Sjögren’s and COVID-19: The Virus and the Vaccines
By Dr. Arthur Bookman MD, FRCPC
1. What is COVID-19?
COVID-19 is the name of coronavirus SARS-Co-V2. A coronavirus is an RNA virus with spikes projecting from its surface that look like a crown. The spikes are the mechanism that the virus uses to attach itself to the cells of infected airways where it is inhaled through droplets from a contagious contact. The spike protein attaches to a cell receptor called ACE2 (angiotensin converting enzyme 2), a protein which is on the surface of many types of cells, particularly respiratory, bowel and blood vessel lining cells.
2. What is a COVID-19 infection?
The infection starts most commonly as a respiratory tract infection, but occasionally as diarrhea. Some people only have muscle aching and mild fever. However, unfortunately in some individuals, the virus can become very aggressive, invading the lungs to cause pneumonia. Some patients develop a violent immune reaction to the viral spike protein, resulting in a ‘cytokine storm’, an overwhelming release of immune activation protein, resulting in kidney and respiratory failure. The inflamed blood vessels can lead to clots with strokes, dead tissue and pulmonary emboli (blood clots to the lungs).
3. What affects hospitalization and mortality?
Hospitalization and death is affected most by pre-existing chronic medical conditions such as emphysema, uncontrolled diabetes, morbid obesity and coronary artery disease or congestive heart failure. There is a 20 fold increase in mortality in people over 80 years of age. Interestingly, pre-existing immunological conditions, such as Rheumatoid Arthritis and Systemic Lupus Erythematosus do not in themselves cause increased risk of mortality. Most Disease Modifying Anti-Rheumatic Drugs and even therapeutic immunosuppressants do not affect survivorship or mortality. High dose prednisone (> 10 mg ) seems to be associated with hospitalization and mortality. There may actually be fewer hospitalizations among patients on anti-TNF biologics such as Etanercept (Enbrel) and adalimumab (Humira). Rituximab use may be associated with a greater risk of hospitalization or mortality but the facts are not yet well established.
4. How does COVID-19 affect people with Sjögren’s?
There is only a small amount of information available on patients with Sjögren’s. Extracting information from the European ‘Harmonics Project’ accounting for a combined database of over 8ooo patients, 51 were identified with COVID-19 infection. Half were admitted to hospital, four were placed on respirators and four (all hospitalized in ICU) died. Obesity, worse pulmonary infiltrates on x-ray and a low white blood cell (lymphocyte) count is associated with higher chance of hospitalization. Overall, the mortality in patients with Sjögren’s is not increased over other patients who get COVID-19.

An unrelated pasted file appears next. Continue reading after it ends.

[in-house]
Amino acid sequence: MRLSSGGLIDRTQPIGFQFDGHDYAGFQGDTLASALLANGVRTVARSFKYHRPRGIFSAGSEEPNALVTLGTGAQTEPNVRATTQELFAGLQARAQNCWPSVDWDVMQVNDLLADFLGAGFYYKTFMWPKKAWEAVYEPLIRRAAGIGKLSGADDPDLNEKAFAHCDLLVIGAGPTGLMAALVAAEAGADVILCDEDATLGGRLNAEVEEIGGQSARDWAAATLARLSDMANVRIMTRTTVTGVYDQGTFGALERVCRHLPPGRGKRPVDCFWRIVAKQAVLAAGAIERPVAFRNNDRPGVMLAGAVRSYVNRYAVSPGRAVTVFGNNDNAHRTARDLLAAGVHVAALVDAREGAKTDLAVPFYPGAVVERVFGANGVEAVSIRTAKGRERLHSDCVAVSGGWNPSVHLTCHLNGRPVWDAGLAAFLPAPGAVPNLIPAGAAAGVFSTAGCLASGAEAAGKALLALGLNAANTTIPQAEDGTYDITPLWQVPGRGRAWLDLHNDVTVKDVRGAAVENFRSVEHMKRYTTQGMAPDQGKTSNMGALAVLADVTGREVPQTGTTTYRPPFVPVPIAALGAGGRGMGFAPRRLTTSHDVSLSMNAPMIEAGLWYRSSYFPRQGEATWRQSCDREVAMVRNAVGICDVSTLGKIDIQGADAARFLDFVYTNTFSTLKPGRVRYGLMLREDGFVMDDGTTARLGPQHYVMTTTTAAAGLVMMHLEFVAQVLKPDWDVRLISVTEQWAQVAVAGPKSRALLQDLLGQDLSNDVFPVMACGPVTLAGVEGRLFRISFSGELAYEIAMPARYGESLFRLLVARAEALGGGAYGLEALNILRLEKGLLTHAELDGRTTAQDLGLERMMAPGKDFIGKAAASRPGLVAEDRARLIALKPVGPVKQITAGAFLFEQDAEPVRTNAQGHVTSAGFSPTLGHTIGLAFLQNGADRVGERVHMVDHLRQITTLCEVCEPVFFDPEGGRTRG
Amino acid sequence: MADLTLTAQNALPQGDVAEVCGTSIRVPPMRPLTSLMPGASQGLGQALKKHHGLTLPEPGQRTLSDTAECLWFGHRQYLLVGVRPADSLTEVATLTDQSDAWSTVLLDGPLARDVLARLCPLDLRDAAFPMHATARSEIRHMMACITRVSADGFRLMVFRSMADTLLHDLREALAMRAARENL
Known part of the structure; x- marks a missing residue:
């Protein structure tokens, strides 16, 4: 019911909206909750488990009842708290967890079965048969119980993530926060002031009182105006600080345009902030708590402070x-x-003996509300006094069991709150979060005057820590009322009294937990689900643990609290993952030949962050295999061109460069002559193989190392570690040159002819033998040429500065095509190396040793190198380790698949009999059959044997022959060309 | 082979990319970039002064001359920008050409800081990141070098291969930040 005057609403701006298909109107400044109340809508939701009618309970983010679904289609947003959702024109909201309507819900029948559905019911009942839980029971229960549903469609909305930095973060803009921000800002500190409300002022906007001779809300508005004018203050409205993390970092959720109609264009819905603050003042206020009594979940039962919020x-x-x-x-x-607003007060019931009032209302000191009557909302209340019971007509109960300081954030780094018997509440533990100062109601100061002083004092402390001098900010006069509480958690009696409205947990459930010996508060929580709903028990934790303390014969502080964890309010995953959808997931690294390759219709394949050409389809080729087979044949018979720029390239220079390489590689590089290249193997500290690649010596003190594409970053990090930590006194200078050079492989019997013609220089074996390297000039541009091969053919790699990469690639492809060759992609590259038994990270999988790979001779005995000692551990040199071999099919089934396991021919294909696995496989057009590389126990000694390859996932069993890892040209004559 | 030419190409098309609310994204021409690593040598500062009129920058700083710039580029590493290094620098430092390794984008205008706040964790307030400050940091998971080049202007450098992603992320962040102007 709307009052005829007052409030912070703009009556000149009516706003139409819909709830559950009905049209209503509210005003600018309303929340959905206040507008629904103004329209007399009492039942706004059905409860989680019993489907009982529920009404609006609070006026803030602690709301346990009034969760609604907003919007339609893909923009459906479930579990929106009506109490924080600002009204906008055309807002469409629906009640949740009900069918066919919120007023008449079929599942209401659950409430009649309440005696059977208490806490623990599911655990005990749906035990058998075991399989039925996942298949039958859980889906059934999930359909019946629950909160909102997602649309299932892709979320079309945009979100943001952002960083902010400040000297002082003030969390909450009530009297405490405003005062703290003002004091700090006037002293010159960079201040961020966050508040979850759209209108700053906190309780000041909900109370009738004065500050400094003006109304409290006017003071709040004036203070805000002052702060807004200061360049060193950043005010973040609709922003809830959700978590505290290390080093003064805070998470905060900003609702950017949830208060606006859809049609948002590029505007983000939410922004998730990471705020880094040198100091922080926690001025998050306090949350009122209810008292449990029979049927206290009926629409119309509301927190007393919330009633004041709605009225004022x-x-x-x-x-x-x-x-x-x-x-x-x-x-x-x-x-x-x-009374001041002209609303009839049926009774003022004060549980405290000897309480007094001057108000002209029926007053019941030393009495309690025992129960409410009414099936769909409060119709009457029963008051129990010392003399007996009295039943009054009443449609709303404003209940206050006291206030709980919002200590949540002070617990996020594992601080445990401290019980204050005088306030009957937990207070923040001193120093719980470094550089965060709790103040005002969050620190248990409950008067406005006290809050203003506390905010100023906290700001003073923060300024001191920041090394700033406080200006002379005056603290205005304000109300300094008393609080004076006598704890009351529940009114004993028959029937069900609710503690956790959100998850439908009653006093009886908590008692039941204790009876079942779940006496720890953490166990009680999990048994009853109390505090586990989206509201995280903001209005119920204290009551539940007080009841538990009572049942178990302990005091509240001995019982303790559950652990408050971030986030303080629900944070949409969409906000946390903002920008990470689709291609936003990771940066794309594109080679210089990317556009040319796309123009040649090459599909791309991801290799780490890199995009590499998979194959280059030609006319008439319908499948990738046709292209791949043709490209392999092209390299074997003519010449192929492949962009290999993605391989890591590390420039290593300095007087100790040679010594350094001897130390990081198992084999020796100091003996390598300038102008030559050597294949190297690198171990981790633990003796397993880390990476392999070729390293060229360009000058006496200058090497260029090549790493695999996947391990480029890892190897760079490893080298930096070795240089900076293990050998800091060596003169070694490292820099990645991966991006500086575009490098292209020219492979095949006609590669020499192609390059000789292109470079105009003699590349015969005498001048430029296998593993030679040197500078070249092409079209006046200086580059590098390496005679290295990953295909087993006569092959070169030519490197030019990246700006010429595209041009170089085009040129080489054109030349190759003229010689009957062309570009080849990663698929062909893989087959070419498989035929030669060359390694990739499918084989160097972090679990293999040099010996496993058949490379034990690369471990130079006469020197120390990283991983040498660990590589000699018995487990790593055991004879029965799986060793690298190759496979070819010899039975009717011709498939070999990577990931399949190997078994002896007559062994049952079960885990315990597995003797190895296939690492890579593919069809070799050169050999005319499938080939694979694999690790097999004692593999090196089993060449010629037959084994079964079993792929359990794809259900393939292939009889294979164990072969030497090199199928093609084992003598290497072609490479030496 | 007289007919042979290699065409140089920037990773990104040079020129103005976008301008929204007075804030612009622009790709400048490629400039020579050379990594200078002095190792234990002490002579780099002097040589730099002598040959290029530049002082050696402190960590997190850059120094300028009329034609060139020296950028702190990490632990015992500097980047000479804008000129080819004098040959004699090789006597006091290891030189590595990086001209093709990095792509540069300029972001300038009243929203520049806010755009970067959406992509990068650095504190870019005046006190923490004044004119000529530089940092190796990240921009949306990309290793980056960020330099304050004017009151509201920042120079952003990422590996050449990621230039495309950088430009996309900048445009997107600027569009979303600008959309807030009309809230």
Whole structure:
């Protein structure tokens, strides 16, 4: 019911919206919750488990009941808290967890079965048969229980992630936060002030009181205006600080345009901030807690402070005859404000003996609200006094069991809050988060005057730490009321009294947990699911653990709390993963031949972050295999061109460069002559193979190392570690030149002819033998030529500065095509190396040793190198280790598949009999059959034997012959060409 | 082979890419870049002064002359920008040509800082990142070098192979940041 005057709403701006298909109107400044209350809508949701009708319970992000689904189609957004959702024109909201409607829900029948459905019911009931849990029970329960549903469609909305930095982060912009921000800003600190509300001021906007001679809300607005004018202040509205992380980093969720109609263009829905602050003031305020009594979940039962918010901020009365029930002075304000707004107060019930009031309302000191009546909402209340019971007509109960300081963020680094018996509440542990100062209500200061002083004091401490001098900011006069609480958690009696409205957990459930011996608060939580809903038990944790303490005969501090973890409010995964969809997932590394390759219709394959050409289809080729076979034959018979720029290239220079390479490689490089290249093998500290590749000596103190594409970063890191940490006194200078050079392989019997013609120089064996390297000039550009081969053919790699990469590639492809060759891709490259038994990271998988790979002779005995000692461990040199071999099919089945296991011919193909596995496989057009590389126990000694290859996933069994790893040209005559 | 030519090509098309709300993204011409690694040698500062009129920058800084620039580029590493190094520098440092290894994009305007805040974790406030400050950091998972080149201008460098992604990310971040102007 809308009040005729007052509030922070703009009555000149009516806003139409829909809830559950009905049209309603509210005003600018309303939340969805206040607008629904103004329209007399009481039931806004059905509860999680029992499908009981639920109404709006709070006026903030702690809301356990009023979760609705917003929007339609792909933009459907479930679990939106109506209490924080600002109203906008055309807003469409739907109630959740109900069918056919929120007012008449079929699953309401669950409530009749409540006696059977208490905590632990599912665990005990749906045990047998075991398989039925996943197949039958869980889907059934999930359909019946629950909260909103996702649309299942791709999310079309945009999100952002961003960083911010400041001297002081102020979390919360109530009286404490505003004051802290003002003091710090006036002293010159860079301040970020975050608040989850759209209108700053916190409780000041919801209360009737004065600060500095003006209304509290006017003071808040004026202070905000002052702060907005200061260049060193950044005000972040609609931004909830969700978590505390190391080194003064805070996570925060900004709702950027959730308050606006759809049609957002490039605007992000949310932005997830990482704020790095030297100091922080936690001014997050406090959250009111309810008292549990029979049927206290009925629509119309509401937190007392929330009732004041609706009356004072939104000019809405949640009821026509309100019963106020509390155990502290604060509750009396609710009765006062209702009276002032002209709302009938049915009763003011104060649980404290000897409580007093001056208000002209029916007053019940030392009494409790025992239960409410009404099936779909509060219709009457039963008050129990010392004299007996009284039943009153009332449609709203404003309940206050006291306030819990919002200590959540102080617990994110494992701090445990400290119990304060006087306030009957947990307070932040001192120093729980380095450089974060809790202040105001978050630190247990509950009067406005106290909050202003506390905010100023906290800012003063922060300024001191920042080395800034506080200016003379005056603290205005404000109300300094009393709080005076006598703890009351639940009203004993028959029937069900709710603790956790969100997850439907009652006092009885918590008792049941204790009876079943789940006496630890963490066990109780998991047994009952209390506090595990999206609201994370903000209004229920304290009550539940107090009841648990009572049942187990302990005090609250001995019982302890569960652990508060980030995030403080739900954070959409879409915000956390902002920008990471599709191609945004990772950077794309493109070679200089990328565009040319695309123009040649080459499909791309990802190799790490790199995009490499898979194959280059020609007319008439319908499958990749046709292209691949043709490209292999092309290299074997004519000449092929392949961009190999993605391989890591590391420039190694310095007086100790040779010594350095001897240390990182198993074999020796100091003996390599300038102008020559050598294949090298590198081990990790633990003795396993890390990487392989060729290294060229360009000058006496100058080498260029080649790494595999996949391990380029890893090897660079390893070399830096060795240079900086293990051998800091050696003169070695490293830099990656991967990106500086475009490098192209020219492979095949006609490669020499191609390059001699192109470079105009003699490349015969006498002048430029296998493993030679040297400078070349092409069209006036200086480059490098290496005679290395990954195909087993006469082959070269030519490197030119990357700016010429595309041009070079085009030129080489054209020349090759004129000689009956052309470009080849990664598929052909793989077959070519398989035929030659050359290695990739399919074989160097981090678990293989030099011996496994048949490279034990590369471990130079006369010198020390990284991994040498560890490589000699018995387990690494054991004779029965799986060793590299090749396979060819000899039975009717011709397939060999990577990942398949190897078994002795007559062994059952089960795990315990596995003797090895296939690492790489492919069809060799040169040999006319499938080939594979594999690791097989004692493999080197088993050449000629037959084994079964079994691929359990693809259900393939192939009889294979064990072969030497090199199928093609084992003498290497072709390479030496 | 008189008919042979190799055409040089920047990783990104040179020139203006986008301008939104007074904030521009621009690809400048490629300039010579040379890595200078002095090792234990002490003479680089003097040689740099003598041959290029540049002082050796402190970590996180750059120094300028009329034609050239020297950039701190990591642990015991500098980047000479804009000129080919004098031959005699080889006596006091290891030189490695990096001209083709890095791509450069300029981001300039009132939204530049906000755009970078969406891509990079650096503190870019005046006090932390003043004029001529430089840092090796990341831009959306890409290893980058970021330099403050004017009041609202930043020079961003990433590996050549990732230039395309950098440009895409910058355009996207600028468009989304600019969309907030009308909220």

5. What Vaccines are best for people with Sjögren’s?
There are 58 vaccines in development worldwide. These have been developed in an accelerated fashion because of new technology. In Canada, Pfizer and Moderna vaccines have hit the market first. These are messenger RNA (mRNA) based products. They were made possible due to the tremendous background research that led to the complete identification of the COVID-19 genome by Chinese scientists by March 2020. A fragment of the viral RNA has been isolated and is responsible for making the spike protein that our immune systems recognize. By packaging these mRNA fragments in ‘nanolipid envelopes’, the mRNA can dissolve across our cell membranes after injected into our arms. Inside the cells, the lipid nanoparticle dissolves, releasing the mRNA to settle inside the cell and conscript the cell to manufacture spike protein. Our immune systems recognize these spike proteins as they emerge onto the surface of these cells and into our circulation. Consequently, we become primed to immediately react to a COVID-19 virus invasion and kill the virus off before it can proliferate in our bodies. Other vaccines use inactive adenovirus (which cannot replicate) to package the mRNA fragment and transport it into our cells after injection. The NOVAVAX vaccine that we will be producing in Canada by 2022 is the combination of the spike protein itself attached to a web-like vegetable protein that acts as an “adjuvant”. The adjuvant ‘revs up’ our immune response to cause us to react to the spike protein and make antibodies that protect us against COVID-19. There is little difference in the efficacy of these products (about 90% for each). Allergic and adverse response is VERY rare. Achiness of joints or muscles, low grade fever and lethargy can occur for 24-48 hours after the injection.
6. Since Sjögren’s is an immunological condition, will it affect how one reacts to the vaccine?
Sjögren’s patients should accept the opportunity to get vaccinated. None of the vaccines on the Canadian market are contraindicated by the condition or by any of the drugs that you take for the condition. Hydroxychloroquine has been shown to be ineffective for preventing COVID-19 and also will not affect your response to the vaccine. If a patient with Sjögren’s is on an immunosuppressant drug such as prednisone, methotrexate, or rituximab, it would be important to discuss the timing and dosing of the medications with the attending physicians prior to vaccination. Some of these drugs might affect the benefit one receives from the vaccine by blunting antibody response.
Conclusions: If you have Sjögren’s, you can be reassured that there is no evidence to date that the condition itself or any drug used to treat it puts you at risk for a worse outcome. Your general health and age are more important considerations. There are no contra-indications that prevent you from becoming immunized, and patient’s with Sjögren’s are advised to go ahead and take the vaccine for COVID-19.